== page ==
Lloyds Banking Group
Shares in Lloyds Banking Group (LSE: LLOY) are down 12% over the past three months, causing the Treasury to announce that it would stop selling-down its remaining 13% stake in the bank. The suspension in the sale of Lloyds’ shares should be regarded as a major positive for its share price. It reflects the government’s view that shares in Lloyds are likely to rebound, and the reduction of the supply of Lloyds’ shares could act as a support to its share price.
Although Lloyds Banking Group still trades at 1.6x tangible book value, it has a return on equity (ROE) target of 13.5-15%. And, unlike other large UK banks, Lloyds is already close to meeting its ROE target. Loan losses are steadily declining and the bank’s cost efficiency ratio is below 50%.
Lloyd’s strategy to focus on the domestic market has been a major factor in the bank’s recovery, and the strong economic outlook for the UK bodes well for the bank’s domestic focus. UK economic growth remains relatively robust compared to the rest of the world, with today’s second quarter GDP estimates pointing to growth of 0.7%.
As soon as its legacy misconduct costs start to dissipate, Lloyds could become a very attractive dividend stock. With the bank seemingly content with its domestic focus, Lloyds does not need to retain much of its profits to invest in future growth, and management has stated an intention to return at least 50% of its earnings to shareholders.
Bank of Georgia Holdings
Despite the turmoil in emerging markets and weakness in the Russian economy, Bank of Georgia Holdings (LSE: BGEO) is showing strong underlying growth. Earnings growth appears to be accelerating, with its second quarter profits rising 23.5% in local currency terms. Even though economic conditions are worsening in Georgia, the bank’s net interest margin and its cost to income ratio have continued to improve.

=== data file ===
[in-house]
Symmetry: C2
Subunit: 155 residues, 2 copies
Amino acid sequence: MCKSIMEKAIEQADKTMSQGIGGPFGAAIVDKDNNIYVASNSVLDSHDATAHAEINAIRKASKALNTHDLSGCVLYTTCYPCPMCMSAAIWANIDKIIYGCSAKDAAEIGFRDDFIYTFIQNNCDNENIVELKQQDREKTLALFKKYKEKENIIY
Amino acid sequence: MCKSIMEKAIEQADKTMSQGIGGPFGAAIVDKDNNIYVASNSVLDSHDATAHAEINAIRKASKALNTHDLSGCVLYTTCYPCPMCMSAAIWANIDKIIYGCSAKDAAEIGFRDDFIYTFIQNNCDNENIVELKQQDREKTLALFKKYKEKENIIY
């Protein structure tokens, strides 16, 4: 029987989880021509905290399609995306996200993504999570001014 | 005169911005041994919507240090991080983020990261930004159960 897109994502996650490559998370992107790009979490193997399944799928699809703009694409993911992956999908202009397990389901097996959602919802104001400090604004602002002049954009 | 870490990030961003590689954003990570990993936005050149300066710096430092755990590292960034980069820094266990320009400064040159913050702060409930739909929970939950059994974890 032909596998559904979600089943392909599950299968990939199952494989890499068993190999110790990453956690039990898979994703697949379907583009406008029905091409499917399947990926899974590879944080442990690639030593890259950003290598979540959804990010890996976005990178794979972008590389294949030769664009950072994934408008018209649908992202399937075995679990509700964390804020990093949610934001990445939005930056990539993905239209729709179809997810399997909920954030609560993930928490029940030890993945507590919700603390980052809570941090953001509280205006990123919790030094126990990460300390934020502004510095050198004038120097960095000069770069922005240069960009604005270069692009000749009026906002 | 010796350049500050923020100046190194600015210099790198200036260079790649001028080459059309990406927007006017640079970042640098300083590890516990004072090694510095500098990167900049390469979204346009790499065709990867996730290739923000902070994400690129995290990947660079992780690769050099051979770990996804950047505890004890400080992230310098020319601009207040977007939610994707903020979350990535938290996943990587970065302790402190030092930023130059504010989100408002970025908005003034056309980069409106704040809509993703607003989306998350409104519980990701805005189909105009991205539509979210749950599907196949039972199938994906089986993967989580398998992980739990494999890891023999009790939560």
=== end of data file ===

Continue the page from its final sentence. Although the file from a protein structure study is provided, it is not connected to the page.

But, there are also signs that not all is well for Bank of Georgia. Non-performing loans as a proportion of total loans rose 60 basis points on the previous quarter, to 4.1%. Georgia’s close economic ties with Russia is another negative factor, given the regional tensions between Russia and the West.
GKN (LSE: GKN) reported disappointing interim results last month. Underlying sales grew by just 1%, despite robust demand in civil aerospace and the increase in content supplied to each vehicle. Declines in defence and agricultural contracts had helped to offset much of the gains made elsewhere.
The company’s outlook remains positive though. It is looking to tap into growth markets, including the hybrid car and electric car markets and the aerospace industry. Last month, it announced that it was acquiring Fokker Technologies, a Dutch automotive and aerospace supplier for €706 million. As Airbus and Boeing are looking to encourage consolidation in the parts suppliers market, to reduce the complexity of their supply chains, GKN is also set to benefit from an improvement in its margins.
Lonmin‘s (LSE: LMI) problems started well before the recent turmoil in global stock markets. The miner has been dealing with high costs of production, ageing infrastructure and labour disputes for many years, and the recent fall in commodity prices have made things even worse.
Although Lonmin has said it is making progress with cost cutting, it appears to be too little too late. Underlying ash costs have fallen to R 10,499 per ounce, but a significant proportion of the miner’s current production is still unprofitable with today’s platinum prices.
Lonmin needs a sharp recovery in platinum prices to generate positive free cash flow. But, as the prospect of that happening is very unlikely, shares in Lonmin could have much further to fall.
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Jack Tang has a position in GKN plc. The Motley Fool UK owns shares of GKN. We Fools don't all hold the same opinions, but we all believe that considering a diverse range of insights makes us better investors.